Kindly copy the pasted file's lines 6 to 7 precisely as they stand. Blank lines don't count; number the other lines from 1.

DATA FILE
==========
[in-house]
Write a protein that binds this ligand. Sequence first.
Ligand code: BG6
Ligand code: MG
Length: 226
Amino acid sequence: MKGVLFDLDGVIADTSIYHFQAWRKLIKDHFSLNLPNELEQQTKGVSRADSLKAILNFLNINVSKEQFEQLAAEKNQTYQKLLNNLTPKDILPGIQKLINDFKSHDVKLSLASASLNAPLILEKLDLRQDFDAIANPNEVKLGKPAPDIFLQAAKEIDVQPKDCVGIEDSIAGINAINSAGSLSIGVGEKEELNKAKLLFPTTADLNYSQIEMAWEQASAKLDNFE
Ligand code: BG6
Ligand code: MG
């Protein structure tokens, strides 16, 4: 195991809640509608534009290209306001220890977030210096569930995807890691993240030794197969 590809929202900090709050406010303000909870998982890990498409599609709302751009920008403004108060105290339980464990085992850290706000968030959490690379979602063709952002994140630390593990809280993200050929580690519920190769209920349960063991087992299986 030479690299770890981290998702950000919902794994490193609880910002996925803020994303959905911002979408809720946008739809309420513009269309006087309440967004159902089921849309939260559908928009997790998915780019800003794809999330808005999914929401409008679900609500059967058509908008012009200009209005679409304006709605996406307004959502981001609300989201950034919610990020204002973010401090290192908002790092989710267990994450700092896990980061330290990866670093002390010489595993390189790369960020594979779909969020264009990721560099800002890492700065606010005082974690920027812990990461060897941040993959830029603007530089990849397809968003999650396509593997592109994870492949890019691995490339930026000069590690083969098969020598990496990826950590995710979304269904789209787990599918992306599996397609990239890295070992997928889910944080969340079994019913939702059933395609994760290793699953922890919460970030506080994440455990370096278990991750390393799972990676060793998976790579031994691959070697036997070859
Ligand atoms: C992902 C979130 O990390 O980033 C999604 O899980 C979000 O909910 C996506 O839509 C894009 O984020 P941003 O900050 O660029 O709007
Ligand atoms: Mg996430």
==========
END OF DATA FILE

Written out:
Amino acid sequence: MKGVLFDLDGVIADTSIYHFQAWRKLIKDHFSLNLPNELEQQTKGVSRADSLKAILNFLNINVSKEQFEQLAAEKNQTYQKLLNNLTPKDILPGIQKLINDFKSHDVKLSLASASLNAPLILEKLDLRQDFDAIANPNEVKLGKPAPDIFLQAAKEIDVQPKDCVGIEDSIAGINAINSAGSLSIGVGEKEELNKAKLLFPTTADLNYSQIEMAWEQASAKLDNFE
Ligand code: BG6